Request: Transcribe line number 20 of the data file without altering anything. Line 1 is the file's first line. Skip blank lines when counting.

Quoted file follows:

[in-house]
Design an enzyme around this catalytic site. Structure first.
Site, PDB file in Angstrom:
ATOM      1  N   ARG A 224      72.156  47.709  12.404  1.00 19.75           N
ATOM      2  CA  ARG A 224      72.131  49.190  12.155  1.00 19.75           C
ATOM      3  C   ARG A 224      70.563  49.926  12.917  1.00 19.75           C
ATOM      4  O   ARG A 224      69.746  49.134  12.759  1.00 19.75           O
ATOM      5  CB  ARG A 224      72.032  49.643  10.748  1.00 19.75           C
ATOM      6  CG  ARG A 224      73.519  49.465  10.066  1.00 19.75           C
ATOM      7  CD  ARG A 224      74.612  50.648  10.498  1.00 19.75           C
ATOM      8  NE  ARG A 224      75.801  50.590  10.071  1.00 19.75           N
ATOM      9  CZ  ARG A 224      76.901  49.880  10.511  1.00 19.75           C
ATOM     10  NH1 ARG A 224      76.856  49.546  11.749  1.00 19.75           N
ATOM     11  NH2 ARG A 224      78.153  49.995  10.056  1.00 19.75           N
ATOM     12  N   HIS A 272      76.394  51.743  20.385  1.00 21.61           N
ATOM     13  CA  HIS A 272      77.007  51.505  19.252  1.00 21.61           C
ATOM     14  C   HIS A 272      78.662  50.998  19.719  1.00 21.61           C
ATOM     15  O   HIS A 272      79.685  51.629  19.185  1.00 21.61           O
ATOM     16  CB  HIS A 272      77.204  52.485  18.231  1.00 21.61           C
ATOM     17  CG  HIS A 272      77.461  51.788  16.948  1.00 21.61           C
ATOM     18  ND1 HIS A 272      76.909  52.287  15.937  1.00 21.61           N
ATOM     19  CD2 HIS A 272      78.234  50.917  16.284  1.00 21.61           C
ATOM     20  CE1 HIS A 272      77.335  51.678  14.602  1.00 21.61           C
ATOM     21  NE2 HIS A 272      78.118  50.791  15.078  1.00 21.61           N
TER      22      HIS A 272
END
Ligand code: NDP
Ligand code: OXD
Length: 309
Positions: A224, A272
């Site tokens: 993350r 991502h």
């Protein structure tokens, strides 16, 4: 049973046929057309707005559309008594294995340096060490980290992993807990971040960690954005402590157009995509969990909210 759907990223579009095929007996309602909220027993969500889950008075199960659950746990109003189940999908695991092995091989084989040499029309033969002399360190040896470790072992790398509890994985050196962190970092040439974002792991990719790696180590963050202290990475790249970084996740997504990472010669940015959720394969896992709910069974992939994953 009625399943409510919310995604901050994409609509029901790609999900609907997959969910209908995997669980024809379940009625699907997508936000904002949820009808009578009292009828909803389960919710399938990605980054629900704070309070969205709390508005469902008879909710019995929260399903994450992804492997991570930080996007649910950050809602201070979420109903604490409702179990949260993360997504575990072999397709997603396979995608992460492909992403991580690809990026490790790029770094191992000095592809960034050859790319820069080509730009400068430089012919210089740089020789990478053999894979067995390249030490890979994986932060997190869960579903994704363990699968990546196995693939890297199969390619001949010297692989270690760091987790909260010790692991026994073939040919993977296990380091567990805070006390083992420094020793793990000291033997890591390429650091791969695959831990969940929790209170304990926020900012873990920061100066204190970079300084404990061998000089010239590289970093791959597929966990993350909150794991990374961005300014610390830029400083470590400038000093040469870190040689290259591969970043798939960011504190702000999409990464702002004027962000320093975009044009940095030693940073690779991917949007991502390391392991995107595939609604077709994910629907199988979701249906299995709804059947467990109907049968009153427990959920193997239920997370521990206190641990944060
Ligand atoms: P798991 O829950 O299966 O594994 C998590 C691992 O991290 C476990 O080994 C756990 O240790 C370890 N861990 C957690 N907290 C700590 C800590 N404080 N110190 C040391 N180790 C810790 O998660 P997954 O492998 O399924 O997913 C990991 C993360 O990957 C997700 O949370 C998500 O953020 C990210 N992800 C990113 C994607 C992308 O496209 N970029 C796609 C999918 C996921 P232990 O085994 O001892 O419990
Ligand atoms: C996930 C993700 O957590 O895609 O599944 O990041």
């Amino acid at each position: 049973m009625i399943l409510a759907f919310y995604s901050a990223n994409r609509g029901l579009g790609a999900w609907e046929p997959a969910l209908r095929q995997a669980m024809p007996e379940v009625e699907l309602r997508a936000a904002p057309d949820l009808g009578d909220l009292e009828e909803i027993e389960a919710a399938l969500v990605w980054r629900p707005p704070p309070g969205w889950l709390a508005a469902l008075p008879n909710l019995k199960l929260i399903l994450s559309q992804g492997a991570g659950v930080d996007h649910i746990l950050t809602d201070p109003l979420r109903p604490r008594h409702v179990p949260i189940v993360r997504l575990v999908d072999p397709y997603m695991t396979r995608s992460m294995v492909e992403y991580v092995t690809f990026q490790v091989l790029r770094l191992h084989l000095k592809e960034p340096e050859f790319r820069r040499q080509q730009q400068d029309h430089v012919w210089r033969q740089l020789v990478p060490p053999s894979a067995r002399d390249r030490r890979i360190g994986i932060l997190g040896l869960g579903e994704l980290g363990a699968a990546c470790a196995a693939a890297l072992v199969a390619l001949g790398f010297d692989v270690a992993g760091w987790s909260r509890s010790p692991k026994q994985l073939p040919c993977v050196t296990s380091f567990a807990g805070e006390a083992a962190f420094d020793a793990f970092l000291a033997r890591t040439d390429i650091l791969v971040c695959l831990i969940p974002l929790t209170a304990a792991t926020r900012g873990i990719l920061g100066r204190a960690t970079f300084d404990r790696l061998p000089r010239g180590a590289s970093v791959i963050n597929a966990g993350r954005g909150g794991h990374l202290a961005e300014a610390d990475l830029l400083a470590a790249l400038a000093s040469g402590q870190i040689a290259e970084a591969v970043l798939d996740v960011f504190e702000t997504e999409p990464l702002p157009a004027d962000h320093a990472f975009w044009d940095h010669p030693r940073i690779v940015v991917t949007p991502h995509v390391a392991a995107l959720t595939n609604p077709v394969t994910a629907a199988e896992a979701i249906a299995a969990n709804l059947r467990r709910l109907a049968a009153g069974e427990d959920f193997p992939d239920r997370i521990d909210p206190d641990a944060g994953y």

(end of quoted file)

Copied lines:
ATOM     17  CG  HIS A 272      77.461  51.788  16.948  1.00 21.61           C